10.22.2012

Impressing vs. Performing

Impressing vs Performing. Sometimes you get both. That's a good show. Frequently, however, the actual performance part doesn't come through. Yes impressive can be nice - the athletic agility, the striking swiftness, the shockingly sharp locks, the ethereal fluidity, the gleeful gimmicks, the stunning shimmies. Those are all great. Here comes the "but". One can execute a nearly technically perfect presentation yet still come up short on the performance aspect. The "show". And after all isn't that what the audience expects from a professional dancer or troupe? I know that's what I want. I came for a show thank you very much.

So of course this begs the question, what is the difference between simply impressing an audience and giving them a performance, an actual show?

Recently, on separate occasions, I asked this question to a couple of friends. One is a very seasoned dancer the other a non-dancer but has been an audience member at many bellydance events.
To the non-dancer it was important to be brought into the story of the performance. It isn't only about the physical feat. It's about the allure of the trip that one is about to embark on when watching a performance. He mentioned how the best ice skaters, magicians and even comics all take you through the arc of a story. He doesn't want to simply see the artist execute a list of jumps, tricks or one liners. M
y dancer friend, of course, responded with a cornucopia of interesting points and ideas, too numerous to list here but the gist; real performing comes down to respecting and knowing yourself, your craft and your audience. Impressing is usually about dancing for and impressing yourself.

Both of their answers confirmed my thoughts on this topic. Basically, the skill of performing is not something we as teachers can wait to teach to the more advanced students. No, it's not something you pick up in a Level 5 Certification, no matter how arduous the course is. It's not just a matter of taking a Performance Prep class. It is much more deep-rooted than this. The foundation to successful bellydance performing begins at the start of bellydance training. 
 Ideally no later. Why? In short, because professional and successful performing depends on your perspective and attitude. And that is not something you can just crash course.

A smile and eye contact are a good start but they'll only take you so far. Meaningful performances are based on awareness, respect, commitment and connection.  (click to tweet) Awareness and respect of your chosen craft, it's origins, those who came before you and their value. Commitment and connection to your art, your body, your growth, your fellow dance mates, your students and your audience.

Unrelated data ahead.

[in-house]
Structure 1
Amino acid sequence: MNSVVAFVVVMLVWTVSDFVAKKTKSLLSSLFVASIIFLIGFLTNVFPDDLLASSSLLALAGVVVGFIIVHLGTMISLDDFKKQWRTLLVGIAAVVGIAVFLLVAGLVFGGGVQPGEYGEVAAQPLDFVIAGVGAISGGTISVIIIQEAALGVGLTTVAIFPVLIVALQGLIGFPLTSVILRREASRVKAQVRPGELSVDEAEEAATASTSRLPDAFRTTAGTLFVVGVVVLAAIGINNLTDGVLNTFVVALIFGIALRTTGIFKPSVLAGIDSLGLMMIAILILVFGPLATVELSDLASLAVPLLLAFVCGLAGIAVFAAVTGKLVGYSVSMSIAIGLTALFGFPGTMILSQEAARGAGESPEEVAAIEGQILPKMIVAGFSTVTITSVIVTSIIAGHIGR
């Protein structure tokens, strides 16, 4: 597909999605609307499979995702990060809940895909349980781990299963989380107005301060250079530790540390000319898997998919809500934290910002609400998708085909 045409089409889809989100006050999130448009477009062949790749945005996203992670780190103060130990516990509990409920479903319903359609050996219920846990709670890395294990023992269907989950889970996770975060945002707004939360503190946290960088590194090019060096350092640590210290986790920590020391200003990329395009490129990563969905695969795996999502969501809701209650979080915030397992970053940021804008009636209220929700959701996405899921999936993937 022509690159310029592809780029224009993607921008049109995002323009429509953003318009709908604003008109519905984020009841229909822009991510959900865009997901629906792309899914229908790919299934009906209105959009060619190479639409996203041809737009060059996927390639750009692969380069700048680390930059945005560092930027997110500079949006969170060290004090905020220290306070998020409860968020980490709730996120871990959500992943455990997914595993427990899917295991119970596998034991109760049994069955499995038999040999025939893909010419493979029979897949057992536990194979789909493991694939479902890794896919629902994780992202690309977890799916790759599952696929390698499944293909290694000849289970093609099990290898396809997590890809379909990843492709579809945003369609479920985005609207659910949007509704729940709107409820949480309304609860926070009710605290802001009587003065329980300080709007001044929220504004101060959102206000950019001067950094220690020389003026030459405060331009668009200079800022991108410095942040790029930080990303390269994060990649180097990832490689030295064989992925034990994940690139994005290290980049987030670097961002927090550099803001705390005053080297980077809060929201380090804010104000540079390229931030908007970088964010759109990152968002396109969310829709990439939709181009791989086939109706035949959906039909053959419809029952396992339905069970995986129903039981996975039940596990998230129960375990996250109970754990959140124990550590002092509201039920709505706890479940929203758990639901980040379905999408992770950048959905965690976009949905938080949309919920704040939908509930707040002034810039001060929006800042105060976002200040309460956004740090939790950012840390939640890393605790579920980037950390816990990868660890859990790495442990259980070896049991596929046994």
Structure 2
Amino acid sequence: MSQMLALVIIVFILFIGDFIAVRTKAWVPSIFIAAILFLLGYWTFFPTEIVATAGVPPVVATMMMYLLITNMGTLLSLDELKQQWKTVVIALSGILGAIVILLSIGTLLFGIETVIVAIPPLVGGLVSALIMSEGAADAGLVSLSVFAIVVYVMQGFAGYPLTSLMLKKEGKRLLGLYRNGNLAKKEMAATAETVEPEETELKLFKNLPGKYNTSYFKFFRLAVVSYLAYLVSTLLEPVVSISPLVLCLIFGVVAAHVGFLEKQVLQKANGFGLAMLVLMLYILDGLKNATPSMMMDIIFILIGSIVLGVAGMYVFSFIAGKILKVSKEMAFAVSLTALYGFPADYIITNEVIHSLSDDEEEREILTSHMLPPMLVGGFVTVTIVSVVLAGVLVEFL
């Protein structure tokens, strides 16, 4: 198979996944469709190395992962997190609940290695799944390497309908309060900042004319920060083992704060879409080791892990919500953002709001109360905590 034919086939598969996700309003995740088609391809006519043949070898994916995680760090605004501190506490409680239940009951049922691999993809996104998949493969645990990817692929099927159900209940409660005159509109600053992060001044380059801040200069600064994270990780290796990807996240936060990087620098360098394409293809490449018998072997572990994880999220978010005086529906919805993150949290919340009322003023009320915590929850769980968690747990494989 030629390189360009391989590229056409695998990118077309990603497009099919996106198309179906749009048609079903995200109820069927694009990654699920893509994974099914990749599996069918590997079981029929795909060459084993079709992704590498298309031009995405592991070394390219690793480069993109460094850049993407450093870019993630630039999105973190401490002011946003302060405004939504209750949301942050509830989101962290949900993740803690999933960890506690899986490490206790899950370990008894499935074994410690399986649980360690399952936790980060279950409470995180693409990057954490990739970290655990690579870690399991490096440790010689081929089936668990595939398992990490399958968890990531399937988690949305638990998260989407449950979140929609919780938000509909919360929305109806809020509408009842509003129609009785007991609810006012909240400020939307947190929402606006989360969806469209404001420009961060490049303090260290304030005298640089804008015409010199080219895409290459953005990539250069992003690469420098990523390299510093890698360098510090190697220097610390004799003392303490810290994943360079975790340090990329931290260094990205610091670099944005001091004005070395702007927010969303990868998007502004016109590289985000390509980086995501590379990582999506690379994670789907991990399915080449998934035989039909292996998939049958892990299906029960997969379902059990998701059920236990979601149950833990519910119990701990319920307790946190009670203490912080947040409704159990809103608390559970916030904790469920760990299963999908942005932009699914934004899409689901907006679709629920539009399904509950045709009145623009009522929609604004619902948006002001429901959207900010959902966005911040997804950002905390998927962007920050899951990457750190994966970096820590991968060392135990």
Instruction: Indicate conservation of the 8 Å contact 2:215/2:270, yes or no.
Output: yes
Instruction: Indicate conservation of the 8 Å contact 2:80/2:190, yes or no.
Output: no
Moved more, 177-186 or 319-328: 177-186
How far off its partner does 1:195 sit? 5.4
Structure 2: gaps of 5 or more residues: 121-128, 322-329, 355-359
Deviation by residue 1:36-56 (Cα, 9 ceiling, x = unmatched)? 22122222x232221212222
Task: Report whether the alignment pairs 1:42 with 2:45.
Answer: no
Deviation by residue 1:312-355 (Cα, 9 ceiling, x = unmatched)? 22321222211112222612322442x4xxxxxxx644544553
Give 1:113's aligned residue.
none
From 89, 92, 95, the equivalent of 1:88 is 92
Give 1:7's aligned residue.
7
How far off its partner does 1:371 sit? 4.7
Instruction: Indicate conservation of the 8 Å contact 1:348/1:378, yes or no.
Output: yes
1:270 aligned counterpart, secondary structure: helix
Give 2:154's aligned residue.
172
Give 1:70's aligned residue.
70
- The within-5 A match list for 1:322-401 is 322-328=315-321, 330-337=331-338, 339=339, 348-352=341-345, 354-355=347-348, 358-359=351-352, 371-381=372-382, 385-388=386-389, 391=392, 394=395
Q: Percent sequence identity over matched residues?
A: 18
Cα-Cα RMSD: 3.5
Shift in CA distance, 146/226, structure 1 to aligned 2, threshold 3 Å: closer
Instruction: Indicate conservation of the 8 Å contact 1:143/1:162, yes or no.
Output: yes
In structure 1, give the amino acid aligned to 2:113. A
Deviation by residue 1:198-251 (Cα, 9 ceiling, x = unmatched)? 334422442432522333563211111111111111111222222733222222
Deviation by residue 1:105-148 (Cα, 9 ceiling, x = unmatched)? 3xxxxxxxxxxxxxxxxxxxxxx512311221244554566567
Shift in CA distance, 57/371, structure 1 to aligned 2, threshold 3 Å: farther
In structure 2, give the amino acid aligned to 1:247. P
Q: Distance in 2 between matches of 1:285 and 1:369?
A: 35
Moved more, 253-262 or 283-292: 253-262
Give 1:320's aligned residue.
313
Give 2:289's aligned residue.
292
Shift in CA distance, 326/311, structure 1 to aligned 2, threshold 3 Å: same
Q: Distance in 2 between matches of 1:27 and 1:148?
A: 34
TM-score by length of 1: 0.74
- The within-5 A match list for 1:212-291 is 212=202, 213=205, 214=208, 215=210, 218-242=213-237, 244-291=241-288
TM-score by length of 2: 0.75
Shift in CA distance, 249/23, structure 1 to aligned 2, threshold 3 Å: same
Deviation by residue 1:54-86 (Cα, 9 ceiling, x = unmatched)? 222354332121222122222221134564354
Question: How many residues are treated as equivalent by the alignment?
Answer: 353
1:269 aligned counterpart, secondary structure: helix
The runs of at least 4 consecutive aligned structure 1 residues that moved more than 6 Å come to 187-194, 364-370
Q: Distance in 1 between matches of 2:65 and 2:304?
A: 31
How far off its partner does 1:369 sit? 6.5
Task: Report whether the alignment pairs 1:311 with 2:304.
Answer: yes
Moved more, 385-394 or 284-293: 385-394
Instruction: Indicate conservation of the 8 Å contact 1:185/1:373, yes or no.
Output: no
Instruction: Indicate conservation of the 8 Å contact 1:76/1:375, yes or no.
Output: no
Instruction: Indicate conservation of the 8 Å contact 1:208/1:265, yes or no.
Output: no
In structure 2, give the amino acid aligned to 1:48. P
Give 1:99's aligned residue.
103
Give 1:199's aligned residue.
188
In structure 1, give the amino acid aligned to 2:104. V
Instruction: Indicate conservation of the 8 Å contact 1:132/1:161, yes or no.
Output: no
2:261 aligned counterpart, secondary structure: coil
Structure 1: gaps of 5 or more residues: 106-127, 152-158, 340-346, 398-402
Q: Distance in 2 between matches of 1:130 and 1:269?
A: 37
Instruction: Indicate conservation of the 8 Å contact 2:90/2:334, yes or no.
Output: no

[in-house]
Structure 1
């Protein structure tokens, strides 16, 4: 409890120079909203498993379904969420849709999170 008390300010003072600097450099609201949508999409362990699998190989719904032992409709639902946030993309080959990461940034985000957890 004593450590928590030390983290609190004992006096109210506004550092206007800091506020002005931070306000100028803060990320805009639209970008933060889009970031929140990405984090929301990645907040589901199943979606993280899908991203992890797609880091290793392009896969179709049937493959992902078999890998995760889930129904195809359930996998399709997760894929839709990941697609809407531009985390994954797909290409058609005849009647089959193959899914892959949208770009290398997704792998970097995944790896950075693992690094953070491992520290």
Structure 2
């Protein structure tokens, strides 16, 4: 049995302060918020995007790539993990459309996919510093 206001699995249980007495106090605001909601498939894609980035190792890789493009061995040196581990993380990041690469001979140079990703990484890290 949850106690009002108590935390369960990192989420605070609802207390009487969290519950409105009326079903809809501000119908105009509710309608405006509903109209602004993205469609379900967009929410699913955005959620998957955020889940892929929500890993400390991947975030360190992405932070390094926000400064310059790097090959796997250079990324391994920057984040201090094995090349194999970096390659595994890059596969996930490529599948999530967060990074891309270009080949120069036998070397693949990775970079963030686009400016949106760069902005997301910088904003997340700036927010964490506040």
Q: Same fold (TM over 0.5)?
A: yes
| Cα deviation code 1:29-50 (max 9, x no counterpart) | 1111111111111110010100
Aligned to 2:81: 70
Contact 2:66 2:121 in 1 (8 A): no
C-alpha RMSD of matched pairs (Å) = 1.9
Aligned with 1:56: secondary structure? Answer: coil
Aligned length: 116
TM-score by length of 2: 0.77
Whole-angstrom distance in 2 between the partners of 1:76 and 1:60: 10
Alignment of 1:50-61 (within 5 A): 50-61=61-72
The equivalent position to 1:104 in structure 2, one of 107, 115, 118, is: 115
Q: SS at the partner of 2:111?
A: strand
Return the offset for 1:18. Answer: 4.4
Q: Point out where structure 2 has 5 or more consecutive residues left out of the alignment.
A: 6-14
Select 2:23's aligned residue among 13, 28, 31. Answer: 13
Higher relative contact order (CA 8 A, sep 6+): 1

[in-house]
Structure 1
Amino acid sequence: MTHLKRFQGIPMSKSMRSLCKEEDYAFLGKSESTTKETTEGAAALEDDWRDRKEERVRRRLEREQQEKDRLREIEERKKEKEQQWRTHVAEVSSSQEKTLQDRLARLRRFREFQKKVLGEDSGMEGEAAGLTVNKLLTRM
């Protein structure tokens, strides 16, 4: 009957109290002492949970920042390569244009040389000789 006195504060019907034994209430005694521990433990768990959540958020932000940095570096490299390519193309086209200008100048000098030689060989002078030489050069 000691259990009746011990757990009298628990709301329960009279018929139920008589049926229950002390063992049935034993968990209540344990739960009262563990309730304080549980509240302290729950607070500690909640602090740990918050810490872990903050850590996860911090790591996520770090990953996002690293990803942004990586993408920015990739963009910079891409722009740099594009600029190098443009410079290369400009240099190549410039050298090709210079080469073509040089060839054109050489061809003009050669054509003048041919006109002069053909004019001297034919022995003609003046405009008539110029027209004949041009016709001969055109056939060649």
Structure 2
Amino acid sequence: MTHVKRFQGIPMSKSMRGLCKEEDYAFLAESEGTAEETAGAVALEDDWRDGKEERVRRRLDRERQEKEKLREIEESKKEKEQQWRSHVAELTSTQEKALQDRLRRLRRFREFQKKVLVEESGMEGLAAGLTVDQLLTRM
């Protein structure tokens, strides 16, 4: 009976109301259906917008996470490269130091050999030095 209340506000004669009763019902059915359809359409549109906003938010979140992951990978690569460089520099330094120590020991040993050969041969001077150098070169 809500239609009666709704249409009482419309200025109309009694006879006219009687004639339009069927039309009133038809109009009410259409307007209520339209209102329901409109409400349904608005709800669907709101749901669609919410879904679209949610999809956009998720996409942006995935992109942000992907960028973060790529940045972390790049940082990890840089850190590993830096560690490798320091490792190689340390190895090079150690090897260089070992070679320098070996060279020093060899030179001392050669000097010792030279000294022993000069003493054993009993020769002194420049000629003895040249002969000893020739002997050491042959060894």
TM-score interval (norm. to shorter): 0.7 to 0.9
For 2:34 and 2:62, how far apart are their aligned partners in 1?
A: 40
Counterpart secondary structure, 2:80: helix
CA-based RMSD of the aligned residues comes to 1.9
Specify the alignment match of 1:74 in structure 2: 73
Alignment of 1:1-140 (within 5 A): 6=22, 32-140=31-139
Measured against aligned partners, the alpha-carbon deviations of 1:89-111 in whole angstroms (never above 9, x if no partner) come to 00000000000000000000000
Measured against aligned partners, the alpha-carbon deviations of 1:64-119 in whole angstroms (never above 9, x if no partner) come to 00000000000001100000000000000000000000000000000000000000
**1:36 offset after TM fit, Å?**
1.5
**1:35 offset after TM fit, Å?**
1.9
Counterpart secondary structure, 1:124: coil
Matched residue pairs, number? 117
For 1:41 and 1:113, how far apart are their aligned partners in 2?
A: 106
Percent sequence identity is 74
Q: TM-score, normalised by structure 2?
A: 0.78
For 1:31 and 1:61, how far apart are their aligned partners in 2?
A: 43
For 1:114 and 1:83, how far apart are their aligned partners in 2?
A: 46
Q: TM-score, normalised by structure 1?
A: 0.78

I remember a few years back it was all the rage to say things like "I only dance for myself". I can understand this on a very base level. Of course we dance for ourselves. But if you are even thinking of performing, be ready to bring to this dance the level of awareness, respect, commitment and connection it merits otherwise you are cheating yourself out of  truly experiencing the joy and fulfillment that performing can bring you.


What do you think? What other differences would you say exist between "impressing" and "performing"?


3 comments:

  1. Impressing is throwing out every awesome trick you know with every song you do, whether or not it fits the music. I think we've all seen a dancer who has one thing that they're REALLY amazing at, so they shoehorn it into every solo they do, sometimes quite awkwardly.

    Performing is completely immersing yourself in the music and doing what the music says. Sometimes that means keeping it simple. Sometimes it means practicing something difficult until it comes effortlessly, because the song demands it.

    Performing also means acknowledging and engaging the audience. You don't have to constantly have your eyes locked with someone -- sometimes a song might require you to be more withdrawn. But you can't be withdrawn to a happy, outgoing song. Whatever persona you're showing on stage, the audience has to believe it goes with the song.

    If you do it right, performing will impress people even if all the moves you used were right out of Bellydance 101 :)

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    Replies
    1. Totally! I would rather see a bellydance 101 done right than a gimmicky or disconnected performance.

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  2. very good points Gina! I wish more dancers thought this way. We used to call it "all technique and no heart".

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